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A ceremony (UK: /ˈsɛrɪməni/, US: /ˈsɛrəˌmni/) is an event of ritual significance, performed on a special occasion. The word may be of Etruscan origin, via the Latin caerimonia.[1]

History of Secular Ceremony

The main impetus to the development of quality civil ceremonies in the Western world was the foresight of the Australian statesman, Senator and High Court Judge, Lionel Murphy. In 1973 in Australia the civil celebrant program charged appropriately selected individual to provide non-church people with ceremonies of substance and dignity. This initiative to various extent has now been followed by New Zealand, Canada, the United Kingdom and the USA.[2][3]

Senator and Mr Justice Lionel Murphy, founder of the civil celebrant movement in Australia, which has now spread to the rest of the Western World

Purpose of Secular Ceremony

According to Dally Messenger III secular ceremonies are “roadmap” clarifications which lead to an acceptable, ethical and dignified life. Ceremonies contribute to the unseen ingredients of psychological stability, a sense of identity, reassurances of life’s purposes, and the personal sense of self worth. The mysterious cultural power of quality ceremonies lead our society along an honourable and ethical path. Lionel Murphy considered that personal genuine ceremonies were central to a civilised, stable and happy society. Here he echoed the conviction of the renowned mythologist Joseph Campbell who had maintained the strongly asserted generality that the level of civilised behaviour in a society is directly linked to the practice of ceremonies and Rites of Passage. [4]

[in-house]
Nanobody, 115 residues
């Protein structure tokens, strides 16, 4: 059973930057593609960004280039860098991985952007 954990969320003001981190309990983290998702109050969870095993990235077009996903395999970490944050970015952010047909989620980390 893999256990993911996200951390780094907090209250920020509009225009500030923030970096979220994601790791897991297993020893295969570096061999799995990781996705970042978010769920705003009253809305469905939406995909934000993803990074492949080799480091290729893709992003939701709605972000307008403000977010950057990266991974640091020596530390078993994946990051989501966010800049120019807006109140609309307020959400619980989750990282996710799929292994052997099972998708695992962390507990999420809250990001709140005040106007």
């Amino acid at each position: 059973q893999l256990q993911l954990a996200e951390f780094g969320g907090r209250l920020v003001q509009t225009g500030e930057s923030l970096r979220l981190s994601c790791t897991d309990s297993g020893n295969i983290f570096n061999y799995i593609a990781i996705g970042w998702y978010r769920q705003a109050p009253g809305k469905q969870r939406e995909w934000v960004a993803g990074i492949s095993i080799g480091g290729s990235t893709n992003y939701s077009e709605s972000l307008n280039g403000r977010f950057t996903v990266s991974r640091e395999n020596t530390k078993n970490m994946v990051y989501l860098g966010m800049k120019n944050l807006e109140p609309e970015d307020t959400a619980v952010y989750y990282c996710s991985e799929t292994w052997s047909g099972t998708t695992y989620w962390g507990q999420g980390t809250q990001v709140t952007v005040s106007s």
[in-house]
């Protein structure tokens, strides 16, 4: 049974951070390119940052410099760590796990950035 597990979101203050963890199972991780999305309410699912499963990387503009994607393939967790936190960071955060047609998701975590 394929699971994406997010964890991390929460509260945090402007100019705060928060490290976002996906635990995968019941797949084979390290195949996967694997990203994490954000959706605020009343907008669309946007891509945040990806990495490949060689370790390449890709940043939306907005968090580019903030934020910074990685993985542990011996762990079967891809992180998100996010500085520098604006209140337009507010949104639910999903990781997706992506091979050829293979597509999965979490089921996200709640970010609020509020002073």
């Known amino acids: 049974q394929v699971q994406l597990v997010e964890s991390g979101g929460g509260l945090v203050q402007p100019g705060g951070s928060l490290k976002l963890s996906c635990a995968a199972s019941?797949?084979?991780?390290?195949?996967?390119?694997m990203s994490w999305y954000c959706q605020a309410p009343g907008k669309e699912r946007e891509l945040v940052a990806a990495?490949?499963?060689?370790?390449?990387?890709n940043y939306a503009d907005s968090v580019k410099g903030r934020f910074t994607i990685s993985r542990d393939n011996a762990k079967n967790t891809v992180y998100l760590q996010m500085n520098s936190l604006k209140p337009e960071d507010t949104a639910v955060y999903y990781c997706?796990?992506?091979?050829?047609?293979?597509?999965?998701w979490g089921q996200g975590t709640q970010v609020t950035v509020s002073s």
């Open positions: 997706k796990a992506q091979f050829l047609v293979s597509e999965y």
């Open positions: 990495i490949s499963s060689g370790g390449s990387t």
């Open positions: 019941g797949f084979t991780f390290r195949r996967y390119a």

Ceremony is serious communication

He realised that ceremonies were the time/place setting wherein people seriously communicated. It was in the ceremony that groups of people came together. It was in the ceremony that they made compacts, that they recognised achievement, that they asserted identity, that they established connections, that they declared love, that they paid tribute, that they expressed grief.

In ceremony human beings expressed, transmitted and reinforced values.

The components of ceremony

To be powerful and effective, such ceremonies, in the view of all the scholars in the field, had to have impact. This occurred when the ceremony was framed by the visual and performing arts. Great care had to be taken in creating and choosing the poetry, prose, stories, personal journeys, myths, silences, dance, music and song, shared meditations, choreography and symbolism which comprised a ceremony. To reinforce the psychological and cultural power of ceremony it should be enacted, as fas as possible, in a beautiful interior and exterior place. Beauty is the essential core of ceremony, having always been part of “raising the spirit” and embedding the good in the memory.

Ceremonies, as they always had been, are historically the bridge between the visual and performing arts and the people. Murphy and his followers, and international practitioners such as David Oldfield of Washington DC understand that ceremonies are signposts of the culture. Done well, they can assist in major decision making, bring emotional security, strengthen bonds between people, and communicate a sense of contentment. To quote David Oldfield[5]:

Rituals and ceremonies are an essential and basic means

for human beings to give themselves and others

the necessary messages

which enable the individual to stay human.

They communicate acceptance,

love, a sense of identity, esteem,

shared values and beliefs

and shared memorable events.

Every ritual contains tender and sacred moments.

And in those moments of sensitivity

We are taken out of the normal flow of life,

And out of our routines.

We are then in an event

that is irreplaceable and sacred.

In ritual we participate in

something deep and significant.

They are moments which move our heart

And touch our spirit.


Qualities of a celebrant